When you're converting a color image to various hues of gray (grayscale), click OK ; if the image has multiple layers, you'll be asked whether you want to flatten all layers before proceeding. Click Merge .


If the color layers currently in the image use blend modes other than Normal to create its current appearanceespecially if that appearance depends on how the color of one layer interacts with the colors of the layers beneath itthese effects will probably be completely lost if the image is flattened while converting it to grayscale. To preserve the layers and their blend modes, click Don't Merge in step 3.

If Converting to Bitmap, Choose Options and Click OK

When converting an image to pure black-and-white ( Bitmap mode), the Editor could simply make relatively dark pixels black and the relatively light ones white. However, the result might not be desirable, so you might want to apply dithering.

First, let the Editor convert your image to grayscale by clicking OK . It's easier for the Editor to convert grays to black-and-white than to convert colors directly to black and white. If there are multiple layers, the Editor warns you to flatten them first; click OK to have it do that and continue. In the Bitmap dialog box that appears, in the Resolution area, make sure that your image is set for the resolution of your output device. At first, this is set to the image's current resolution. To ensure best appearance, you might have to adjust resolutionand thus, sizeaccordingly. For onscreen use, choose 72ppi; for printing, choose 150300dpi. Altering this setting resizes the image, both in print and onscreen.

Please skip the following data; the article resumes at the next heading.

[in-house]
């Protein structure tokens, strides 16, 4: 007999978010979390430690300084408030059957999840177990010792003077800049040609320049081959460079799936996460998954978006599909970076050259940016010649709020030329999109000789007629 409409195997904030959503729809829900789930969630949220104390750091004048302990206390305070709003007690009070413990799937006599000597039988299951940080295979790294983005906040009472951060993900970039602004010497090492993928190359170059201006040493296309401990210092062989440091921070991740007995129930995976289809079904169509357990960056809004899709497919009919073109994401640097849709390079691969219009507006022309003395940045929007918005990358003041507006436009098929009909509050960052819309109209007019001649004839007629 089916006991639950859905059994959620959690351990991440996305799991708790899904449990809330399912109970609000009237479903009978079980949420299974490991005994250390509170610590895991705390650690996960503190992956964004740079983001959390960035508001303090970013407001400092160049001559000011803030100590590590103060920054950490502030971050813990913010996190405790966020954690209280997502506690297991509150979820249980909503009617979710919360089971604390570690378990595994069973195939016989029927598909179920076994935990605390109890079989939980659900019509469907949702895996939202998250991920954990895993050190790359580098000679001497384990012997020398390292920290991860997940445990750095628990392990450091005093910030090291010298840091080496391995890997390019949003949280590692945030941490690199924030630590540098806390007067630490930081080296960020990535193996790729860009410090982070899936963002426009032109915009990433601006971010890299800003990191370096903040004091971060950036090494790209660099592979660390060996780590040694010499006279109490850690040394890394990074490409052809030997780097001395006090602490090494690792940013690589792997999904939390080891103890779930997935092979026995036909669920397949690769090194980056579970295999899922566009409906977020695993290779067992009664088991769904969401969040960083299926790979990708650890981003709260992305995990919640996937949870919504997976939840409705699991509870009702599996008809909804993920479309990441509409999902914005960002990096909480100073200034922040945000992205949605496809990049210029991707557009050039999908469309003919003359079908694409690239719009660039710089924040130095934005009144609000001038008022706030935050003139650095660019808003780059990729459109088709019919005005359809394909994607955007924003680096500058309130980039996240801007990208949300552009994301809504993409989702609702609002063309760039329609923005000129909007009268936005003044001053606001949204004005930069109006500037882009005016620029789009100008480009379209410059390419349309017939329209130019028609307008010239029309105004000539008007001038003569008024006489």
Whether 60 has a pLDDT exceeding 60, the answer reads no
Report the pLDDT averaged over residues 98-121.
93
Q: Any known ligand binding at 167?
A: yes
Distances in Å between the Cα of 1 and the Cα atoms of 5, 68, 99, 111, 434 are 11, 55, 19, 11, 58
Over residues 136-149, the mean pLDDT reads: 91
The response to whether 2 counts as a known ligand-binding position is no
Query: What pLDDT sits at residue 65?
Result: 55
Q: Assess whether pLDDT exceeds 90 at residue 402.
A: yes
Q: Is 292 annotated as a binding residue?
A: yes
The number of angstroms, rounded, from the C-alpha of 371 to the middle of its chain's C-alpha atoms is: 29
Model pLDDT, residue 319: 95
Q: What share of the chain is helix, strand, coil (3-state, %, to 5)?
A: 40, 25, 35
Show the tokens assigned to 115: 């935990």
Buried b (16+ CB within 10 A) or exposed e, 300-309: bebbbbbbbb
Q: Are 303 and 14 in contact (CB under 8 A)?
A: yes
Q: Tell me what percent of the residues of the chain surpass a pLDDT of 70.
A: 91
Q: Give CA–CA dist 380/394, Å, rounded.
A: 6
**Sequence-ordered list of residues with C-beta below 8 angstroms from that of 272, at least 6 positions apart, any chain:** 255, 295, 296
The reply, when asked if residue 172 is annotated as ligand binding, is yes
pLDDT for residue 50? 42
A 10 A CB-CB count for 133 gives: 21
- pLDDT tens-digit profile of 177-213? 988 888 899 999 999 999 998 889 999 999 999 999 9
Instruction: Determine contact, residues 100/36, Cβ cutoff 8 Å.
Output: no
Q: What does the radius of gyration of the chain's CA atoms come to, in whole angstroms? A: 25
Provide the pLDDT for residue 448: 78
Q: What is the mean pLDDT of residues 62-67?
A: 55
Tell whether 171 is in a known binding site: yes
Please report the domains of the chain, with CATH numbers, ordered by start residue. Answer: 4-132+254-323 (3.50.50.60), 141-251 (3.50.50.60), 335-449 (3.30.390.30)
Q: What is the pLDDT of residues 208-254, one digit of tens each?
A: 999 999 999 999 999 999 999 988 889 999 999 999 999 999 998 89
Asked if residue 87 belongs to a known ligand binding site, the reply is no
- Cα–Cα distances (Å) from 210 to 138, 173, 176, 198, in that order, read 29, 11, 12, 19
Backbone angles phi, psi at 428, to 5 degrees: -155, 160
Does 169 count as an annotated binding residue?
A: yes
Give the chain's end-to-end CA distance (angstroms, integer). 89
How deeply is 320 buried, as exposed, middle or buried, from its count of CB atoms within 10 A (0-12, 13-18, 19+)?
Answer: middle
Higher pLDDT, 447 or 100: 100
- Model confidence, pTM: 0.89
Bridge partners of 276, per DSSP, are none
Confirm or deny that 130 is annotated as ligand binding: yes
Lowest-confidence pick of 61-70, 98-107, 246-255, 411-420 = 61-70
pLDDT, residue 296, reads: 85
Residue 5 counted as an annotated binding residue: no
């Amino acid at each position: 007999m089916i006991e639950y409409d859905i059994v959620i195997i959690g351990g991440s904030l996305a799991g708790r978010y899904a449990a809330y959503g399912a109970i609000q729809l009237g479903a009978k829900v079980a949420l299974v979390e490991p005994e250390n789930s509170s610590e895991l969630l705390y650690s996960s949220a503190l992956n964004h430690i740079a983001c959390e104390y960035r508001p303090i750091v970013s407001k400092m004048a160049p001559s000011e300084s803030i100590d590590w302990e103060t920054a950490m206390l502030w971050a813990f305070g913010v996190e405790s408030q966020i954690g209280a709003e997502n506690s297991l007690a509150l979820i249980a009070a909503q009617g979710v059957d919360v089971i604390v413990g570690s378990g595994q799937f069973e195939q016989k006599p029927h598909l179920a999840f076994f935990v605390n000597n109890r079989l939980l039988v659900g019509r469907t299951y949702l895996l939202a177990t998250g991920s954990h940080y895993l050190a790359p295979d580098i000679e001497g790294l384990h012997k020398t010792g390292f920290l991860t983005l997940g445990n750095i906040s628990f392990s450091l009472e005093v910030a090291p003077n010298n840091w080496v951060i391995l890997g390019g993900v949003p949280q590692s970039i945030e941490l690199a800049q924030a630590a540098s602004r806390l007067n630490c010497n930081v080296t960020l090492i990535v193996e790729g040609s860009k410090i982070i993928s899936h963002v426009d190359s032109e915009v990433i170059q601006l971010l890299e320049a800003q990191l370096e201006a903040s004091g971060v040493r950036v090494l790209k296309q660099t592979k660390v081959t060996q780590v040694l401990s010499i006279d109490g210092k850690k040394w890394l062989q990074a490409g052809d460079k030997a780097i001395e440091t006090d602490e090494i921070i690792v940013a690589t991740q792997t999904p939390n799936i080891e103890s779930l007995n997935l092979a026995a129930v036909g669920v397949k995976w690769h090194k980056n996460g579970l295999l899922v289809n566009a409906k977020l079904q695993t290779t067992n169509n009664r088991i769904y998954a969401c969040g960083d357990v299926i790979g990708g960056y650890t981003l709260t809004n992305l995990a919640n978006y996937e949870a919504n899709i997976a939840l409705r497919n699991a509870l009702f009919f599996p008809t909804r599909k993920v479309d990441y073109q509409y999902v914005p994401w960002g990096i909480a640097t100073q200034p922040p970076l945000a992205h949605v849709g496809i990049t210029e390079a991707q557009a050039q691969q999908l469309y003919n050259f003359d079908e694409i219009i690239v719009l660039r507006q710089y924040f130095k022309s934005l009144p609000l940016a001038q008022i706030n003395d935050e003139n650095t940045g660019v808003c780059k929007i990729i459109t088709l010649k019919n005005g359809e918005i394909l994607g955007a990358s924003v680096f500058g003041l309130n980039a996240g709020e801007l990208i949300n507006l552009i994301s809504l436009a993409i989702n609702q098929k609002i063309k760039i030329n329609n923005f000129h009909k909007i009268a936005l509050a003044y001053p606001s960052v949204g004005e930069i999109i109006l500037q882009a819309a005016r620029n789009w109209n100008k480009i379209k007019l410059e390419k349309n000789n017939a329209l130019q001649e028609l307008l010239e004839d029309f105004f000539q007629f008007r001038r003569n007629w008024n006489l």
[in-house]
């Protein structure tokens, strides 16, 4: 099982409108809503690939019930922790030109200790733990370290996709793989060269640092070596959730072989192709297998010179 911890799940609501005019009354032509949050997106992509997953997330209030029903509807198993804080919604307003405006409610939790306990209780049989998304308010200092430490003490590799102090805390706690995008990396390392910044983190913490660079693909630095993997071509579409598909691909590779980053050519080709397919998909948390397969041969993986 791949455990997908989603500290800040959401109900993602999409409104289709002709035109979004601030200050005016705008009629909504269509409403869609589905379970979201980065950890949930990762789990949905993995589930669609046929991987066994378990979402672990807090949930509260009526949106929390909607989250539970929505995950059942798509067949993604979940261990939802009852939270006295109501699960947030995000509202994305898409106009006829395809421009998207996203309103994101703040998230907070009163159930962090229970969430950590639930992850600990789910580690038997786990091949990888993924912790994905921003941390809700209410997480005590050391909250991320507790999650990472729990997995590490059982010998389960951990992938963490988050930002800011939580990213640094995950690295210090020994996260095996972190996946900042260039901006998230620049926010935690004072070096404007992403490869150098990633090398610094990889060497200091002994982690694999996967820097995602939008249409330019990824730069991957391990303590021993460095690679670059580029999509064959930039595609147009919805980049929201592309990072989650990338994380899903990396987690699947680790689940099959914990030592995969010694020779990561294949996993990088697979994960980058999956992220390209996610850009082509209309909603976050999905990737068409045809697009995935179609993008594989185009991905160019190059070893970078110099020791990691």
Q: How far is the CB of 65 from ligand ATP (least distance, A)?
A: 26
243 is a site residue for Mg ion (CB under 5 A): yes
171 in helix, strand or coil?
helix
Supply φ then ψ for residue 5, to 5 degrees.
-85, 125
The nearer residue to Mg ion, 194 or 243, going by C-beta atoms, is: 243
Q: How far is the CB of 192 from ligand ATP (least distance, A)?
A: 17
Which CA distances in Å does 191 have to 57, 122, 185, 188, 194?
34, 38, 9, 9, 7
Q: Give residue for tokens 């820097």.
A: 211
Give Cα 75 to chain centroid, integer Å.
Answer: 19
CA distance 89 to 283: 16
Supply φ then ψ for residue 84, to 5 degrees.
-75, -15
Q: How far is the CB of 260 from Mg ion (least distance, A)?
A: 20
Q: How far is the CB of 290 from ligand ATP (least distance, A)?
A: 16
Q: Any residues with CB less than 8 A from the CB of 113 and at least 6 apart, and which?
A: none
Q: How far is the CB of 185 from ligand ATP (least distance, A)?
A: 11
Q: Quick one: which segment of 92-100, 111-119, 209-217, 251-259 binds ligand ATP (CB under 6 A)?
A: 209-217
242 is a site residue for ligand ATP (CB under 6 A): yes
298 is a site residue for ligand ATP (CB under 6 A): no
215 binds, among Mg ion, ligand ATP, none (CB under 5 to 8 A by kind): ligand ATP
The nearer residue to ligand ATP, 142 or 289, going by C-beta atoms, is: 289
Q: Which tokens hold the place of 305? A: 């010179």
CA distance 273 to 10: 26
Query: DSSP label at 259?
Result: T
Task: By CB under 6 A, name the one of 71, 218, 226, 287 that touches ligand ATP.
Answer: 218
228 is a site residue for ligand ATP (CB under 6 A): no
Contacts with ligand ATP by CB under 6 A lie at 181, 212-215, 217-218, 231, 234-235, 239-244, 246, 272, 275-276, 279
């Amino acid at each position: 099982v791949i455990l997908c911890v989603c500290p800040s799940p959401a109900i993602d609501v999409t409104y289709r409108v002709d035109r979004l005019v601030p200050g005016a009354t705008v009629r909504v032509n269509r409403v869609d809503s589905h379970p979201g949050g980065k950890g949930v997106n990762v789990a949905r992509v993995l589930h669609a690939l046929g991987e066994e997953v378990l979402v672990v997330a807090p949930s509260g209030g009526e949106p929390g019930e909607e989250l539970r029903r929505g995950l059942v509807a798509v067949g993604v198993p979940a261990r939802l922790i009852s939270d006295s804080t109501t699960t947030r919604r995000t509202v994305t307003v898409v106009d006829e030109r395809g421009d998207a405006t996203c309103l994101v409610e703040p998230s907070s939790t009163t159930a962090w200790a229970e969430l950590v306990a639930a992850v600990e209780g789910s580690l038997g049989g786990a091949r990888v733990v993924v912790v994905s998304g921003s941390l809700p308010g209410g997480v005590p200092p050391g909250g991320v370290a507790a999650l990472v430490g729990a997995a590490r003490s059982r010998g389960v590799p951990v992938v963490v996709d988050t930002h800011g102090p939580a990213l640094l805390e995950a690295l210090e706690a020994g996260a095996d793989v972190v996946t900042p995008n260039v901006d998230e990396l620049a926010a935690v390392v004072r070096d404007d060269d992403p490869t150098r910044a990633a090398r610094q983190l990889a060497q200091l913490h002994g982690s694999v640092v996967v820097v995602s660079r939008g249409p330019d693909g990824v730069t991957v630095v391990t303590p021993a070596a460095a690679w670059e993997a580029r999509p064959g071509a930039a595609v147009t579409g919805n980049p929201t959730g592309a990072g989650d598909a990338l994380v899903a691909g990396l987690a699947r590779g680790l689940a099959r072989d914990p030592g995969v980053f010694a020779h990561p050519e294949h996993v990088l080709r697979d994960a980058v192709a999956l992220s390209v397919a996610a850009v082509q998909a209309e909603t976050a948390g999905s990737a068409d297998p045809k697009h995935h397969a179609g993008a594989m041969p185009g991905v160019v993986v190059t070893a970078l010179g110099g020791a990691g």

In the Method area, choose how you want the Editor to apply dithering. The 50% Threshold option applies no dithering whatsoeverlight pixels are made white, and dark ones are made black. The Pattern Dither option applies a geometric dithering pattern, which might be adequate if your original image is a simple drawingsuch as a corporate logorather than a photograph. Diffusion Dither applies an error diffusion pattern, distributing vast differences in brightness value over wider areaswhich is generally more appropriate for photographs.

To finalize your choices, click OK .

After changing the color mode of your image, make any other changes you want and then save the final image in JPEG or TIFF format, leaving your PSD image with its layers (if any) intact so that you can return at a later time and make different adjustments if you want.


If you're curious about what color mode your image is currently using, simply look at the title bar, after the image filename.

Sams Teach Yourself Creating Web Pages All in One
Sams Teach Yourself Creating Web Pages All in One
ISBN: 0672326906
EAN: 2147483647
Year: 2006
Pages: 276 © 2008-2017.